Up late last night to watch the Clinton speech, so not enough sleep. Adrenaline should work during class. Election day today – I will ask (anonymously) how many know that, and how many will vote. As for real QR – I’ll do the health care for the uninsured problem from Chapter1
Here are the results of the election day poll:
- 11 students knew it was election day. 10 did not.
- 5 voted or would vote, 3 more might (three of those 8 were among those who didn’t know it was election day). Among the nonvoters, 4 had good reasons (they weren’t residents). I didn’t count “my vote wouldn’t matter” as a good reason.
Reviewed/restated the annual retail food cost estimation from last class, using units:
500 billion dollars
– can’t format that nicely on the blog, but don’t want to write
(500 billion dollars / person ) / year
That gave me a head start on next week (next chapter) on units.
[Long interruption to answer linear algebra questions. I’ll do what I can now before I go to teach that class.]
The rest of the class (almost an hour) we spent understanding what you can infer from the $43 billion annual medical costs for the uninsured – amounting to $1000 extra premium for each insured family. We managed the first part, after a while: it’s about $150 per person per year. It took a while to read the question carefully enough to see that the denominator was (total US population) not (number of uninsured) – that was the next question. A nice unplanned conclusion from this one was to compare that $150 to the food cost. Turns out to be about 7%, which is really substantial. All done cheerfully with curly arithmetic.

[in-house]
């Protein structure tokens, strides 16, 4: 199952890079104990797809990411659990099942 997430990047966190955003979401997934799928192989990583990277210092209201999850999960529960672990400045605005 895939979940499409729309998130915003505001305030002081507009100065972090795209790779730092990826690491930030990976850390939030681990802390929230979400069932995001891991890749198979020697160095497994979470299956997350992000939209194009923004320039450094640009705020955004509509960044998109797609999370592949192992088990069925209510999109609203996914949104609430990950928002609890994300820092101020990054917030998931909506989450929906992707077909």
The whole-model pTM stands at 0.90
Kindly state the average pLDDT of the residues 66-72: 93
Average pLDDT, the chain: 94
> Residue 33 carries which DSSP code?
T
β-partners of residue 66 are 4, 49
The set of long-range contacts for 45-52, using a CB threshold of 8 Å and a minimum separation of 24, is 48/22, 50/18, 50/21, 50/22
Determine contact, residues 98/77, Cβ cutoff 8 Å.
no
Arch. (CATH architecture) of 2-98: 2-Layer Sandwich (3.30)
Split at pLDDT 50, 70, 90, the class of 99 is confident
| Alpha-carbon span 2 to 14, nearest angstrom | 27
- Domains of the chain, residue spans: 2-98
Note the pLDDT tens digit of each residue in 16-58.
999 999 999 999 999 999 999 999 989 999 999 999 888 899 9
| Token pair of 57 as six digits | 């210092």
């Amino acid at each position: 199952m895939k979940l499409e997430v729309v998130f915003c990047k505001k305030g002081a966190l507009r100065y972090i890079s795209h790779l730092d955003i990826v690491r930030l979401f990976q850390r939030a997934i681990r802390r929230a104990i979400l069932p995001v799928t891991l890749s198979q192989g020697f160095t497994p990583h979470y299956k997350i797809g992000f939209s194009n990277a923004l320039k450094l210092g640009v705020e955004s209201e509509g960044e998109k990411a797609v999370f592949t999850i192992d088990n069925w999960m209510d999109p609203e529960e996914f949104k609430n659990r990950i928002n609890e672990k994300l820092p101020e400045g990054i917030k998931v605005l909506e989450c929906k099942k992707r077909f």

Google told us there are about 60 million uninsured – 20% of the population. The $43 billion comes out to about $1,000 per person, which is a believable average. Many people have almost no expenses but a few have enormous expenses – so I was able to promise we’d talk about weitghted averages some day …
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